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Shooting for no. 1.

SHOOTING FOR NO. 1

Eight years ago, John Paul McKay Jr. owned the leading real estate firm in Little Rock. McKay & Co. was selling about $33 million in property, which represented about 20 percent of the market then.

The company, now led by Randy Alexander, is still the leading player in Little Rock residential sales and remains McKay's biggest claim to fame. However, McKay hasn't been affiliated with the firm since 1982 when he sold the residential arm of McKay & Co. along with the corporate name to Alexander.

After several detours, McKay is back devoting his full energies to real estate sales with another outfit he formed: Prudential-McKay Properties. The 49-year-old businessman has set his sights on returning to the top of the real estate scene and eclipsing his past success with McKay & Co.

He is on a five-year mission with a simple, though lofty, objective for his new real estate firm. "It's to be No. 1 [in terms of market share], whatever it takes," states McKay.

Is Prudential-McKay Properties destined to become the next Block Realty or Fausett & Co., old-line real estate firms that enjoyed decades of power and profitability before disintegrating?

A group of 36 investors has close to $1 million riding on the outcome of McKay's latest venture. His salesmanship was convincing enough to win their trust and money to bankroll his real estate firm through JPM Properties Ltd.

Or will McKay's firm go the way of Agar Realty, which rode a meteor of success that burned out in 1989 after three years in business?

Nearly $1 million is a lot of money to raise for a real estate startup, but $527,000 of it went to McKay directly, or McKay affiliates, to pay off old debts, McKay's fee for establishing the partnership and related startup costs.

McKay even charged the partners $100,000 for a non-compete clause should he ever decide to leave the new company.

According to the prospectus prepared for the limited partners, the new company expected to have $157,000 in working capital left over at the end of the first year's operations. But commercial real estate sales projected at $350,000 were only 22 percent of expectations, leaving a potential cash-crunching shortfall.

McKay says residential sales were solid and above expectations, but some wonder how much cash is on hand. McKay and the 36 partners will know the answer to that question within the next month or so when he mails out his annual report recapping the year's progress.

Jim Keet, Et Al

The stated goal of the limited partnership is to create the leading real estate firm in Pulaski County by 1994. In other words, the task at hand is to build the largest real estate company in Arkansas.

"I think John is the man who can take us there," remarks Jim Keet, the largest investor in JPM Properties.

Keet has a 14.8 percent stake in McKay's enterprise. This successful businessman and aspiring politician is sold on McKay's talents to the tune of $146,250. He also thinks the timing is right for such an investment.

"As is the case with any cyclical business, it's best to choose a business that's at or nearing the bottom of the cycle," Keet points out. "I viewed it as a good investment to be in an industry that will be around for some time to come. I did not get into this as a short-term investment. I look at this as a long-term investment in our community."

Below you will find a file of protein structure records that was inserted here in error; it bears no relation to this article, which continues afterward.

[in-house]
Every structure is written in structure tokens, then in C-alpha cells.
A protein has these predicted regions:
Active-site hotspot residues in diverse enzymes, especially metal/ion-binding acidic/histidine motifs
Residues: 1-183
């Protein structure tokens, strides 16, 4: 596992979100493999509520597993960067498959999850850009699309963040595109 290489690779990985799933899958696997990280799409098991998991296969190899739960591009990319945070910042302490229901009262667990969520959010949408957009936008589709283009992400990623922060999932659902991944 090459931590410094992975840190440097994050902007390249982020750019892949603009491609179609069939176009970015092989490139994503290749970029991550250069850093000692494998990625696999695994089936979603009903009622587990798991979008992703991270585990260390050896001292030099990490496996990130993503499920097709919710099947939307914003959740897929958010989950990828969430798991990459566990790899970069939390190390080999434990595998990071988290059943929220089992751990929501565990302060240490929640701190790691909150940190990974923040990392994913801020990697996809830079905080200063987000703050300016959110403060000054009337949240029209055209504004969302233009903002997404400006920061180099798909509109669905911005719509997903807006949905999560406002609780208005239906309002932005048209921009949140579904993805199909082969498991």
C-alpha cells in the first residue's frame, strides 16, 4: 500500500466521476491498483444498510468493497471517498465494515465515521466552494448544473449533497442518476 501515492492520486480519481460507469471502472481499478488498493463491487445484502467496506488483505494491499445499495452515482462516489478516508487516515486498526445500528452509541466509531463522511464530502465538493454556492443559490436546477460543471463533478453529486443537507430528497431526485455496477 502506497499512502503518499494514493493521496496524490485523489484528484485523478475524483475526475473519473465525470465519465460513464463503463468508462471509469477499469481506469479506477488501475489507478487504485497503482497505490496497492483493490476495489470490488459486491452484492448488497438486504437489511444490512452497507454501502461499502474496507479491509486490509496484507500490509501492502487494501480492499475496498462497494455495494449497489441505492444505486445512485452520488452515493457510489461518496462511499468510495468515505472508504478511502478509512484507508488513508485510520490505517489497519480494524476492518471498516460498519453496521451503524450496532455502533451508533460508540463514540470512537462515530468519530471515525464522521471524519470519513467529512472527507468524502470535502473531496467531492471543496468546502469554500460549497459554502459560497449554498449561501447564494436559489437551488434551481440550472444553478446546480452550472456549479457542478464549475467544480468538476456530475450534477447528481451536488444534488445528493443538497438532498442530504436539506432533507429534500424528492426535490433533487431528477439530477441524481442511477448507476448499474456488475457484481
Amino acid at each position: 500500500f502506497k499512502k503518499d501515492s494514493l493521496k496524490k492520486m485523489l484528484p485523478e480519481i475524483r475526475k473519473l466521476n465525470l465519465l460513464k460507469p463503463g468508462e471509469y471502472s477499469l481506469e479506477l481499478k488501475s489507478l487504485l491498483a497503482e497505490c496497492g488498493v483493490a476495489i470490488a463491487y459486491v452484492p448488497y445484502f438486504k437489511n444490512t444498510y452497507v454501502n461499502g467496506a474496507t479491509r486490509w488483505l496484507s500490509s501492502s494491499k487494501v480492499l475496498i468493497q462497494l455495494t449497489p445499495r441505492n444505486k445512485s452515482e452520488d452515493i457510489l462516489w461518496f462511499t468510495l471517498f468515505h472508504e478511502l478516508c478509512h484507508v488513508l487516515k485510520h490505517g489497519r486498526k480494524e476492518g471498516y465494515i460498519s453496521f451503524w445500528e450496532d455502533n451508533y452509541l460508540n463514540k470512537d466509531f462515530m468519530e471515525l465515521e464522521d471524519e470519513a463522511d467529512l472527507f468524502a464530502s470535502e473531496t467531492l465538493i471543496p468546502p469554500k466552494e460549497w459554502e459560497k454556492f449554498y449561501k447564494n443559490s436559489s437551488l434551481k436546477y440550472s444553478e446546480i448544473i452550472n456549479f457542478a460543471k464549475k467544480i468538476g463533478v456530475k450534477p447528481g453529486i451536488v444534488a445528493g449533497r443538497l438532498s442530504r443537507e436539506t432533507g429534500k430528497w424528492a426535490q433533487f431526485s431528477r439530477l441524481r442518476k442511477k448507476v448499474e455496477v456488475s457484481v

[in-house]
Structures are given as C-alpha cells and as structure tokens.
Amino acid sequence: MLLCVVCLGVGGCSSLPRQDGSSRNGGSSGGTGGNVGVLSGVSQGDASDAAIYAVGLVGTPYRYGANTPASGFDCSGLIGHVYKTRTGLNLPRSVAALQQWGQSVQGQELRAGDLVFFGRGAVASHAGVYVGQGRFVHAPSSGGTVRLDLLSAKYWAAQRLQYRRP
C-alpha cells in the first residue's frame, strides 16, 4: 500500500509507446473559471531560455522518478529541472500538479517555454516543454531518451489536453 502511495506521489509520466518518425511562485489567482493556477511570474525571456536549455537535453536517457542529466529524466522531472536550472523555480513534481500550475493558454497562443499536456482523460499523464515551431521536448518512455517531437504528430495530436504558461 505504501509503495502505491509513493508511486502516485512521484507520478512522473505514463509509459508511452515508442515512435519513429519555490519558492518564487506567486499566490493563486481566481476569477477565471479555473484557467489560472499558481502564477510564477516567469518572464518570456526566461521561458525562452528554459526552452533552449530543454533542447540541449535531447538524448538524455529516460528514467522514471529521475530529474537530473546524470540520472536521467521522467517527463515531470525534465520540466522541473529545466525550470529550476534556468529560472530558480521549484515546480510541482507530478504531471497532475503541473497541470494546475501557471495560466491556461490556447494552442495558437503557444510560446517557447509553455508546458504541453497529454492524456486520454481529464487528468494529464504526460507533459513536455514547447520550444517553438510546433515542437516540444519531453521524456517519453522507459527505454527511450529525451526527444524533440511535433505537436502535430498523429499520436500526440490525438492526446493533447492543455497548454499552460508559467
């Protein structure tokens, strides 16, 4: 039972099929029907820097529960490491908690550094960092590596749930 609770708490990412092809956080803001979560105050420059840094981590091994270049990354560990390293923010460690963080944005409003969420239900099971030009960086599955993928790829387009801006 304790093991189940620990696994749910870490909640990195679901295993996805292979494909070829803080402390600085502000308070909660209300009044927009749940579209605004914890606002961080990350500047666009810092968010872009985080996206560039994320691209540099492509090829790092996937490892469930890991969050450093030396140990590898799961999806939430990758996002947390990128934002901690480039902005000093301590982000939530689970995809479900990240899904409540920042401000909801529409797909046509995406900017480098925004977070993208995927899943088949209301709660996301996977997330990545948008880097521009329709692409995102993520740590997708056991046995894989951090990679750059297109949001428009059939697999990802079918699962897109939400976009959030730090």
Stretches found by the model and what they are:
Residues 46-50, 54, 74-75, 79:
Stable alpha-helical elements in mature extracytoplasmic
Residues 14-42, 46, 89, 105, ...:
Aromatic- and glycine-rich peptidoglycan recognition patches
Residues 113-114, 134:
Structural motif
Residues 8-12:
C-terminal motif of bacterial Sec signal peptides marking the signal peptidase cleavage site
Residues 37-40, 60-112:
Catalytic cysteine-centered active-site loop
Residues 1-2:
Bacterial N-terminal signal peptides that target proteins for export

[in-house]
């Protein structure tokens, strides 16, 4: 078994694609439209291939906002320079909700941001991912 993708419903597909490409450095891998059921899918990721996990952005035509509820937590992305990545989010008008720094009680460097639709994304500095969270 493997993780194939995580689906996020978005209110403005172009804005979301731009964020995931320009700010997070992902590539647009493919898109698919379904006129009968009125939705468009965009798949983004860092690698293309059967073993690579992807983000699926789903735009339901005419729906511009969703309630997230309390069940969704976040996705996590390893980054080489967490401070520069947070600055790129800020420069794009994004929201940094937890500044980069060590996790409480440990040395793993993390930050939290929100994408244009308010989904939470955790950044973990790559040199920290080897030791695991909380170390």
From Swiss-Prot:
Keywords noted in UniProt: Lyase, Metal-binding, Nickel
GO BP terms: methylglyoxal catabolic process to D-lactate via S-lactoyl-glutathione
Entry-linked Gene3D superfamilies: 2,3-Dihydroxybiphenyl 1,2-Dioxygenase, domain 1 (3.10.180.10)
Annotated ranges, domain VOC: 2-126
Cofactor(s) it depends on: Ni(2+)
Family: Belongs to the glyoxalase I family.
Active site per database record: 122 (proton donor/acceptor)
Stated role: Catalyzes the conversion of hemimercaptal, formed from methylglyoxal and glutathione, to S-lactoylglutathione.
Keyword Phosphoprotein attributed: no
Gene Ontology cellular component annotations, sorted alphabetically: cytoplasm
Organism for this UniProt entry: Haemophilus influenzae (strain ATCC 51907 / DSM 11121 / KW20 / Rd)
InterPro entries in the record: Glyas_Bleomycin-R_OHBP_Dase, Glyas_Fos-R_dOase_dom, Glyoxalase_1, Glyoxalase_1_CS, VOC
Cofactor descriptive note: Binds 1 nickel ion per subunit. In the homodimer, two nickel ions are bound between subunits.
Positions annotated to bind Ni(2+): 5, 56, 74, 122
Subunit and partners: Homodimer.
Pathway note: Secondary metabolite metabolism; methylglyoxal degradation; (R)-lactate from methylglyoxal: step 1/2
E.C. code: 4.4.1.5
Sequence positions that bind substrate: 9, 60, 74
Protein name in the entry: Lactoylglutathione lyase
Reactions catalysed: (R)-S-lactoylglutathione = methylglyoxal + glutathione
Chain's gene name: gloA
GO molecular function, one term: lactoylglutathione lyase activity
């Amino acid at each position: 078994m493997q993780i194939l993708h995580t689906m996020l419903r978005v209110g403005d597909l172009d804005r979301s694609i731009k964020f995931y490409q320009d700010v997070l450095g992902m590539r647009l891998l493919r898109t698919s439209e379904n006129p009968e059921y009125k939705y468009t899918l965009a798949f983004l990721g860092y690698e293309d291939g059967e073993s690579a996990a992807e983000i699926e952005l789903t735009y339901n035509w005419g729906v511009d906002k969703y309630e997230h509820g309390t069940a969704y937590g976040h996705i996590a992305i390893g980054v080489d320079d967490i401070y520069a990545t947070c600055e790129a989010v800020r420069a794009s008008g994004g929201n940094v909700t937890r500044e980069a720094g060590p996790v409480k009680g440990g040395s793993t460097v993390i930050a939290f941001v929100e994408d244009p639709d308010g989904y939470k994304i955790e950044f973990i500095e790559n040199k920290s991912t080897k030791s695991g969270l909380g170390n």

Cash distribution forecasts in the limited partnership offering look very enticing as well.

Those pro formas call for total net income per $19,500 invested of $41,508. Seven-year projections indicate an annualized return of 32.38 percent. That works out to a net return of $31,020 per share.

If McKay's venture succeeds, he'll be amply rewarded.

His compensation package at Prudential-McKay Properties begins with an annual salary package that reads this way:

* $60,000 in 1990;

* $80,000 in 1991;

* $100,000 in 1992;

* $120,000 in 1993;

* $140,000 1994-95.

McKay will also draw real estate commissions on whatever sales he personally handles. First Development and Investment Corp., wholly-owned by McKay, receives $10,800 annually on a seven-year lease of furniture and fixtures used by Prudential-McKay Properties.

Out Of The Starting Gate

The limited partnership route is somewhat of a rarity where Arkansas real estate companies are concerned. This method provided McKay with a war chest for growth while safeguarding his control of the company as the general partner.

"My philosophy is the market is changing, and there will be large companies and small companies without many in between," McKay reflects. "We could've approached our capitalization from a smaller perspective, but we want to be one of the big boys."

The company has made inroads on the market beginning with the purchase of Block Realty's North Little Rock listings in 1989. The demise of Agar Realty helped build the talent pool and eliminate a prime competitor as well. In 1990, Prudential-McKay acquired Rainey Realty's North Little Rock operation.

His internal tracking reflects the company started business in 1989 with a 3 percent marketshare in Pulaski County. He says that figure has grown to 8 percent at the end of 1990, close but still short of the company's goal of 9 percent.

"In terms of dollar volume sales, that probably puts us in the No. 5 position in Pulaski County," McKay states. "Breaking it down further, we are No. 2 in North Little Rock and No. 6 in Little Rock."

Projections call for the company to achieve marketshares of:

* 13 percent in 1991;

* 17 percent in 1992;

* 21 percent in 1993;

* 25 percent in 1994;

* And maintain the plateau in 1995-96.

According to McKay, about 88 percent of the company's 1990 income is generated through residential sales. That exceeded his projection of 78 percent for the year.

Commercial Sales Just 12 Percent

The downside is that commercial sales lagged behind expectations for a 22 percent performance and accounted for only 12 percent of 1990 income.

"In 1991, we're planning on putting our emphasis in residential sales," reveals McKay of his modified strategy to go where the action is.

That shift will increase the competition between Prudential-McKay Properties and other top firms like Randy Alexander's McKay & Co. Some folks aren't happy about having two McKay names in the market and the resulting confusion that occurs.